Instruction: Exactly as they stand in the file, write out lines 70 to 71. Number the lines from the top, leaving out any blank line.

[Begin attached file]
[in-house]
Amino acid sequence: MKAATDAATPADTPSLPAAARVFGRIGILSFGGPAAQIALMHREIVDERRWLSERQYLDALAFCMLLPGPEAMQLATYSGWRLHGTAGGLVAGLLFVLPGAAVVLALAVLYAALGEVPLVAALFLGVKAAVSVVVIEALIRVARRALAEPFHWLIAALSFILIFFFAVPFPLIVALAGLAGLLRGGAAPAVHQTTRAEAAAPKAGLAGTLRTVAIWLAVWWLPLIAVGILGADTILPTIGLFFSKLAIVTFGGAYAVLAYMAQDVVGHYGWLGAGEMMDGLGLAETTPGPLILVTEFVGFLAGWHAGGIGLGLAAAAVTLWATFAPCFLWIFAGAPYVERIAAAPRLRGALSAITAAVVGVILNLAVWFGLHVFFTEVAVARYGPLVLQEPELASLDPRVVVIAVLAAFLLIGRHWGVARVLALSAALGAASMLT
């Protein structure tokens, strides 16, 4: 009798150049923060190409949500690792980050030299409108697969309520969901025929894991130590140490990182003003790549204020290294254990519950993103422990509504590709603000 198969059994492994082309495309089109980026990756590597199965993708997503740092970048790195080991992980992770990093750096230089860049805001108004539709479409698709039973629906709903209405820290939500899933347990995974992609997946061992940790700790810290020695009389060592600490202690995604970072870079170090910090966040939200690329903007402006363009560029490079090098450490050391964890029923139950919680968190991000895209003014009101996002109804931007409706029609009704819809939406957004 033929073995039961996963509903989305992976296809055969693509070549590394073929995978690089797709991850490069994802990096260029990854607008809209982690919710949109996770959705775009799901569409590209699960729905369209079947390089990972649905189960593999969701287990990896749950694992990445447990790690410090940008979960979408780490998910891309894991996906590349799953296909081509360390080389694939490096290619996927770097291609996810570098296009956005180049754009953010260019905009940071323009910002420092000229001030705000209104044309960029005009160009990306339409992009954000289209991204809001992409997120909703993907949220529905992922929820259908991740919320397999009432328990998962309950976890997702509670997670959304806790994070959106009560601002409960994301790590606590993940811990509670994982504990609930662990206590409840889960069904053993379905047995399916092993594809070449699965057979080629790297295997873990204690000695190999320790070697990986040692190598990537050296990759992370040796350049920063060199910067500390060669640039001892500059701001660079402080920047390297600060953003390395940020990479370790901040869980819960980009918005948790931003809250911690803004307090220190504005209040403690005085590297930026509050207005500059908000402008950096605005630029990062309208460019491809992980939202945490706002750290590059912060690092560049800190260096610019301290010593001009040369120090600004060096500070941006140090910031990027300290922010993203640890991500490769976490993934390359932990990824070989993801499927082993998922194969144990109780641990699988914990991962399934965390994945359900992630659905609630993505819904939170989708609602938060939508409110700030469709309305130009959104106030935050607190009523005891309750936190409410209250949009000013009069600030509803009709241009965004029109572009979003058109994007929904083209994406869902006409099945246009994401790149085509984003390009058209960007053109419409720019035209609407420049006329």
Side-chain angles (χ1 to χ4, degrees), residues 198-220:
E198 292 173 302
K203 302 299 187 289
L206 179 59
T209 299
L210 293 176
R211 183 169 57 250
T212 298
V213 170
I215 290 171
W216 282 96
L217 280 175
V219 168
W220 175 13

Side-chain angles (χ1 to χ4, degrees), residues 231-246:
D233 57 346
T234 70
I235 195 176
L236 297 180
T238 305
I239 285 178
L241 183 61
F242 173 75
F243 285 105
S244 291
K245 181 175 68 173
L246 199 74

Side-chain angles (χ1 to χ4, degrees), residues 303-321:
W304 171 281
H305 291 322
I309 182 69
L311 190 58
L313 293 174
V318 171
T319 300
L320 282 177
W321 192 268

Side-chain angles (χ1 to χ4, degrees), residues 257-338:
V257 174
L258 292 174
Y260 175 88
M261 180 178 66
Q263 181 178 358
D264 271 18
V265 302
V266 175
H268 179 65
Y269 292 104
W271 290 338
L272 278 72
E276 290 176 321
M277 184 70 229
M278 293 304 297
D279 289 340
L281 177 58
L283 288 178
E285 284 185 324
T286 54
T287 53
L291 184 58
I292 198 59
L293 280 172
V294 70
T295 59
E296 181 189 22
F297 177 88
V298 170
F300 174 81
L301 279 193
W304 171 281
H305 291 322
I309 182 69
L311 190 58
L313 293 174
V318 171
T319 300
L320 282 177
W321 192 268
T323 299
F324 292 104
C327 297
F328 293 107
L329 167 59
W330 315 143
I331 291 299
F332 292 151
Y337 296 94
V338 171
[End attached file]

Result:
V298 170
F300 174 81